That’s a nice quote, but I’m not sure any of it is true. He contrasts Facebook with its predetermined fields to enter information into with Myspace where anyone could enter pretty much anything. He’s absolutely right that Facebook is a much more curated experience, and that Myspace gave more freedom for individualism. He ignores though that most of us lack anything by way of design skills, and that the result is that Facebook while constrained is usable while for many Myspace was an unreadable mess.

In that light Facebook isn’t necessarily a downgrade of the individual over the prepackaged, but an acceptable (to most, I don’t actually like it much) trade-off between personalisation and utility.

As for wikipedia, I simply don’t agree that there’s an implicit suggestion that a random crowd has a point of view. In fact, I think that’s a fundamental misreading of the philosophy underpinning that site. There are real issues with wikipedia, not least how easy it is to manipulate and how much weight users tend to place on it, but we kid ourselves if we think that the encyclopedias it replaced were themselves free of bias or occasional error.

Lanier makes further points regarding how we reduce ourselves in order to fit in to machines’ programmed/emergent expectations of us, but again he does so by simply stating his views as fact, without providing any evidence for them:

People degrade themselves in order to make machines seem smart all the time. Before the crash, bankers believed in supposedly intelligent algorithms that could calculate credit risks before making bad loans. We ask teachers to teach to standardized tests so a student will look good to an algorithm. We have repeatedly demonstrated our species’ bottomless ability to lower our standards to make information technology look good. Every instance of intelligence in a machine is ambiguous.

All that sounds good, but again is it true? Bankers mostly trusted other bankers. The senior management trusted the departmental managers, who placed their faith in quants whose work they didn’t understand and in traders running risk models that management didn’t understand. Is that faith in the machine though, or is it just once again forgetting that if something seems too good to be true it probably is?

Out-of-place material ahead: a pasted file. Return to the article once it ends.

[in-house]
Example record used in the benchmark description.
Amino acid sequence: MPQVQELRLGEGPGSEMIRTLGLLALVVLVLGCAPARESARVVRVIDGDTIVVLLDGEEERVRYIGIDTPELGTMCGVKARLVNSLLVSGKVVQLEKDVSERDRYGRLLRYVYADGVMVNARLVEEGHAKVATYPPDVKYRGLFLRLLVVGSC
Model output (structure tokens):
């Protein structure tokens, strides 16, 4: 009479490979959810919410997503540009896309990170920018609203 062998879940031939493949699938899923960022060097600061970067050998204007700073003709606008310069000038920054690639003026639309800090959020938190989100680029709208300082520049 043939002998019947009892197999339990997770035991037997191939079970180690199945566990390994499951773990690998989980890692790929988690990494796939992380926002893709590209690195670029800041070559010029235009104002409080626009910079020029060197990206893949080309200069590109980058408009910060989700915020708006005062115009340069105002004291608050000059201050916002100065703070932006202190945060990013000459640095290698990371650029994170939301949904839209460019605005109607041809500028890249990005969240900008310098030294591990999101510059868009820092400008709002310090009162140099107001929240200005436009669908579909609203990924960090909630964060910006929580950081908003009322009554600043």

Are standardised tests about making students look good to an algorithm, or are they rather about trying to be as fair as possible in testing students and seeking to remove local and individual bias? Is it an ideal system? Of course not, but is it about making information technology look good? I’m not remotely persuaded.

By the midway point Lanier starts to really warm to his themes, and it’s here the book becomes truly unstuck. To this point I’d found it frustrating, but Lanier did have some real insights even if he offered no arguments on behalf of any of them. He’s rightly sceptical of the economics underpinning much of the web, depending as it does on future advertising revenue streams that always seem to be just a few financial quarters away but which never quite arrive. He’s good too on how the question of whether something can be done becomes more important than whether it should be done (though that’s far from unique to computer science).

As he moves on though to stress the role of the individual over the technological, Lanier’s tendency to merely assert his views becomes much, much worse. In a particularly bad section he uses the analogy of the printing press, comparing its impact to the modern internet.

He talks of how “People, not machines, made the Renaissance.” I’ve never heard anyone say otherwise. He goes on to say “The printing that takes place in North Korea today, for instance, is nothing more than propaganda for a personality cult.” That’s true, and I’ve yet to hear anyone argue that technology can’t be misused. His next sentence though is “What is important about printing presses is not the mechanism, but the authors.” and while it’s absolutely true that what’s written is what matters that doesn’t mean it’s not also true that the printing press was a hugely important invention. 

What he’s doing here is presenting an utterly false dichotomy. To say that the printing press revolutionised the dissemination of knowledge and opinion isn’t to diminish the authors who wrote what those presses printed. The internet, like the printing press, can be a tool both for propaganda and for revolution. The point is that it’s a tool, and the tools we have matter. Acknowledging that doesn’t mean diminishing the importance of people.

Lanier thinks it does diminish them, but again it’s assertion. He says “An individual who is receiving a flow of reports about the romantic status of a group of friends must learn to think in the terms of the flow if it is to be perceived as worth reading at all.” That’s wrong again though, he has cause and effect backwards. People don’t receive relationship updates because Facebook tells them to, Facebook provides relationship updates because gossip about who’s with whom has been a fundamental part of human social experience for as long as there’s been human social experience.